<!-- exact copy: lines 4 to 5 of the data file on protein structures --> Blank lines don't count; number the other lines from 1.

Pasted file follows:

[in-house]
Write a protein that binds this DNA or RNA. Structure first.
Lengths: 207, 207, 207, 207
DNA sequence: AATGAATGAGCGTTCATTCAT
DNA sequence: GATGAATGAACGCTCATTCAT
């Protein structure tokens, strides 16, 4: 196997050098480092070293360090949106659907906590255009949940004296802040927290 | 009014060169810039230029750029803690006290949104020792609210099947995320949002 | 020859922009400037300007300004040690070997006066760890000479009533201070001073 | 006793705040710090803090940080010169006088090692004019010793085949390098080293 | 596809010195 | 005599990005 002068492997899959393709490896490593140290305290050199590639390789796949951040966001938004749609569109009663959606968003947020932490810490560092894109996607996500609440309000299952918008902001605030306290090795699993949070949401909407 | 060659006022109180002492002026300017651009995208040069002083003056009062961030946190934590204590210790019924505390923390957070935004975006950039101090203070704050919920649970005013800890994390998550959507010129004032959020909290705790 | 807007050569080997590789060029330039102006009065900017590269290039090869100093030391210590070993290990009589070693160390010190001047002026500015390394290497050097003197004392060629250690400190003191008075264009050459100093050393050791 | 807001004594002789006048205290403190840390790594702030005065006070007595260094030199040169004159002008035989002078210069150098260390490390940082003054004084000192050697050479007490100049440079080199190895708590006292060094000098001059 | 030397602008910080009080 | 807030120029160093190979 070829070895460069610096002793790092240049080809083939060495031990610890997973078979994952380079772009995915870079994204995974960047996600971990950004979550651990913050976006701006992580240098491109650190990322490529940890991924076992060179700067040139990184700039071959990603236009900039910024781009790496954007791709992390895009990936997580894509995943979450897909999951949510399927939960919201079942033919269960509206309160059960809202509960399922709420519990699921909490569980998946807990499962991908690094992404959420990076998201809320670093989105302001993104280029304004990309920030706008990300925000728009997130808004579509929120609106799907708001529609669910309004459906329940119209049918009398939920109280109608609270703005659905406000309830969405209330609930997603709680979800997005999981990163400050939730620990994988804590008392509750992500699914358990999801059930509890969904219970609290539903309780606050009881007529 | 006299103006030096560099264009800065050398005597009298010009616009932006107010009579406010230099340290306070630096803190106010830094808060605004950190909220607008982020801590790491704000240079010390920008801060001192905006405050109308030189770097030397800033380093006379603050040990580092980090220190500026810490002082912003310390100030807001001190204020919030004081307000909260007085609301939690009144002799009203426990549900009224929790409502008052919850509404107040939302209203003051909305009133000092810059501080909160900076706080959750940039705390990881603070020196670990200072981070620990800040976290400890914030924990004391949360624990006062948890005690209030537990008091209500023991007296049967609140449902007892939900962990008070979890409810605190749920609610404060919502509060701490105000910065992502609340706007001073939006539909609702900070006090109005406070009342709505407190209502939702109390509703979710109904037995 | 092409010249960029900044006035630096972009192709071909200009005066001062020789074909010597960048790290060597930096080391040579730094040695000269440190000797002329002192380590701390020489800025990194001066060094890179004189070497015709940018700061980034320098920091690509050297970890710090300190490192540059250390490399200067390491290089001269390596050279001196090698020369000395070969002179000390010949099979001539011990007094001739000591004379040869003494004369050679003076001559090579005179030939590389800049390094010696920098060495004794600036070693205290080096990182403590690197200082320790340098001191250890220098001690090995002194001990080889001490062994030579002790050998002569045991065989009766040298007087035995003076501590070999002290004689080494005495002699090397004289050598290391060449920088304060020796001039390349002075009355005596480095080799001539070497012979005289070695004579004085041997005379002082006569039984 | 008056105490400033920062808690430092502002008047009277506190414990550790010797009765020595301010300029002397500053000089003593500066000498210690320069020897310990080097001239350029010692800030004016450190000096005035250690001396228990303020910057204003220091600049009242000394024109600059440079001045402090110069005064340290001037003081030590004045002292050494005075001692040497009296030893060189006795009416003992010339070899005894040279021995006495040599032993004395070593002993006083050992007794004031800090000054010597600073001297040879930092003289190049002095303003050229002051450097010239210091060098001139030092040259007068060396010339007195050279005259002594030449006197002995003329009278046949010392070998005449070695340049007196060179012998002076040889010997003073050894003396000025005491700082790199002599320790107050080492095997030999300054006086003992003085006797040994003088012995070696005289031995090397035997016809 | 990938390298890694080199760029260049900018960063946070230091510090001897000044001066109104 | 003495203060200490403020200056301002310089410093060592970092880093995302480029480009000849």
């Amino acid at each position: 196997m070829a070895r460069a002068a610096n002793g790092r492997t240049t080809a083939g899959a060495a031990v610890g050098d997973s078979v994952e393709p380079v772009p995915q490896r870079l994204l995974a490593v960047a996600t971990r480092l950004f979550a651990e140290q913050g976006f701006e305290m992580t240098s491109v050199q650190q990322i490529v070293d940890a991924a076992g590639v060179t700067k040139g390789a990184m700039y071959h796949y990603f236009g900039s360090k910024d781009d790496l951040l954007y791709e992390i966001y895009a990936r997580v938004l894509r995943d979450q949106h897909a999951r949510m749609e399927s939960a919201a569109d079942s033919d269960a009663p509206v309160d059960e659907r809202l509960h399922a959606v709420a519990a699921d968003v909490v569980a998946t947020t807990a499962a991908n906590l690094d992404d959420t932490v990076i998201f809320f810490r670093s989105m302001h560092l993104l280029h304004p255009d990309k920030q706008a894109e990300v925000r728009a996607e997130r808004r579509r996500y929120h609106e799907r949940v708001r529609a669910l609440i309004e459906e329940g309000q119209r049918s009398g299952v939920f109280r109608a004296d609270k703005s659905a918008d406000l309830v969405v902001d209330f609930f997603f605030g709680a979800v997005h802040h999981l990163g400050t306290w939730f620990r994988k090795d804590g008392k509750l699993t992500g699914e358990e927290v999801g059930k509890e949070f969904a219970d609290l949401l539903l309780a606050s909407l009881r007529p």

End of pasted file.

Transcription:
DNA sequence: AATGAATGAGCGTTCATTCAT
DNA sequence: GATGAATGAACGCTCATTCAT